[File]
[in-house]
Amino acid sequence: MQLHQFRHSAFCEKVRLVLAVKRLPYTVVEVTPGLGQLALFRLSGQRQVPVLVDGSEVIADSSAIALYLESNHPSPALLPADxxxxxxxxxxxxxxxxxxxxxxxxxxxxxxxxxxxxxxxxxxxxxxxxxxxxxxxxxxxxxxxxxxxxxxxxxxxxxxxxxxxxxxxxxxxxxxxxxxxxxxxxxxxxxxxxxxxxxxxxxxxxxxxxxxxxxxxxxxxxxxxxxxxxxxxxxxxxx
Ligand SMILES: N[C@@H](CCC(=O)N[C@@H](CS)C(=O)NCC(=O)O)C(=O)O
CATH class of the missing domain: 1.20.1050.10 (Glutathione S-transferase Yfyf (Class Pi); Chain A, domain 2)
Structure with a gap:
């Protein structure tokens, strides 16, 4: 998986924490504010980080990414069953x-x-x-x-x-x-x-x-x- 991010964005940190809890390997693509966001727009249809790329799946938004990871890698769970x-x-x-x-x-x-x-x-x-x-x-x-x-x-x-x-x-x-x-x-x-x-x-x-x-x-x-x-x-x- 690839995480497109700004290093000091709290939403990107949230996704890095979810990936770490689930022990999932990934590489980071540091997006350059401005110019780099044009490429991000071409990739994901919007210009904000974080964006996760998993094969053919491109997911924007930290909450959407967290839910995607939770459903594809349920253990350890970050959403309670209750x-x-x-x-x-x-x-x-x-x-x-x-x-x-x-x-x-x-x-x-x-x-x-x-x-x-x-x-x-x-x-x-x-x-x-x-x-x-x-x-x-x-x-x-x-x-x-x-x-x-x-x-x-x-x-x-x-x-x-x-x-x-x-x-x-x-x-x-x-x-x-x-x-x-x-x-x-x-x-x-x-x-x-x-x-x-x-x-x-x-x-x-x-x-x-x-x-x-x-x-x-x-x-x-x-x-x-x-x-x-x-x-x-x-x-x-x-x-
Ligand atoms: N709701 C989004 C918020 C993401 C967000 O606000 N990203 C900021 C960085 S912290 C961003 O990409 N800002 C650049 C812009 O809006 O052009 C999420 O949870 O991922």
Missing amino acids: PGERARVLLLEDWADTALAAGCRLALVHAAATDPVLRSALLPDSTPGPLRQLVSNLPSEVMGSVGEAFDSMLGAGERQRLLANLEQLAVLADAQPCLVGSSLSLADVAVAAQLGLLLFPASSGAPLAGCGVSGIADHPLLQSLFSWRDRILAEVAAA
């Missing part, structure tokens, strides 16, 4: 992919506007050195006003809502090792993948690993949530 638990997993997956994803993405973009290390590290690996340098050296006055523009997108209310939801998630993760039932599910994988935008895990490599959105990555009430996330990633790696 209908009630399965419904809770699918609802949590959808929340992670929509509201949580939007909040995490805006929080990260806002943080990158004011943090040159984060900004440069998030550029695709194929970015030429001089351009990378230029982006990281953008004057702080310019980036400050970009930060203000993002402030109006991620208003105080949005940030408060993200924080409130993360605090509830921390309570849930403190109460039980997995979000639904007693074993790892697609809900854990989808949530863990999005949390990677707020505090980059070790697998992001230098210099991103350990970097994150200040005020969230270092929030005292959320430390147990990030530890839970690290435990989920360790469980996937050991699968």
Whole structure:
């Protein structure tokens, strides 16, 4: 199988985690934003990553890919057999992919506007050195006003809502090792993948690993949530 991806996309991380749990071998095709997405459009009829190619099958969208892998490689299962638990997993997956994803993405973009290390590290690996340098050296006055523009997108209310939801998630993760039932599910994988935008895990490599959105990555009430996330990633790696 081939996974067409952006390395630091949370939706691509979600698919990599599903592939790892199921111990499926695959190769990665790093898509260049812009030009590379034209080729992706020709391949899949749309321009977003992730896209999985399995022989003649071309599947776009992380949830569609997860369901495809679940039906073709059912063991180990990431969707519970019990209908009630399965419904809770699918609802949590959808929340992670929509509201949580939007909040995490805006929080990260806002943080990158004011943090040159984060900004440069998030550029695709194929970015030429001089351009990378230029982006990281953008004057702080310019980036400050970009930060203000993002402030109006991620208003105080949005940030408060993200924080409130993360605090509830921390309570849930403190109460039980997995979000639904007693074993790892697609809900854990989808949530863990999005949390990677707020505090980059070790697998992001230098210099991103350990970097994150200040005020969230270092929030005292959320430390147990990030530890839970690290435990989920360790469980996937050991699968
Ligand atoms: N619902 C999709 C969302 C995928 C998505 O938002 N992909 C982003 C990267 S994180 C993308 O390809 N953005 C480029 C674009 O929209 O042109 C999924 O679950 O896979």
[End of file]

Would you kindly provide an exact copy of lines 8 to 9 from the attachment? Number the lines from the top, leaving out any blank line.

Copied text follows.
Missing amino acids: PGERARVLLLEDWADTALAAGCRLALVHAAATDPVLRSALLPDSTPGPLRQLVSNLPSEVMGSVGEAFDSMLGAGERQRLLANLEQLAVLADAQPCLVGSSLSLADVAVAAQLGLLLFPASSGAPLAGCGVSGIADHPLLQSLFSWRDRILAEVAAA
């Missing part, structure tokens, strides 16, 4: 992919506007050195006003809502090792993948690993949530 638990997993997956994803993405973009290390590290690996340098050296006055523009997108209310939801998630993760039932599910994988935008895990490599959105990555009430996330990633790696 209908009630399965419904809770699918609802949590959808929340992670929509509201949580939007909040995490805006929080990260806002943080990158004011943090040159984060900004440069998030550029695709194929970015030429001089351009990378230029982006990281953008004057702080310019980036400050970009930060203000993002402030109006991620208003105080949005940030408060993200924080409130993360605090509830921390309570849930403190109460039980997995979000639904007693074993790892697609809900854990989808949530863990999005949390990677707020505090980059070790697998992001230098210099991103350990970097994150200040005020969230270092929030005292959320430390147990990030530890839970690290435990989920360790469980996937050991699968």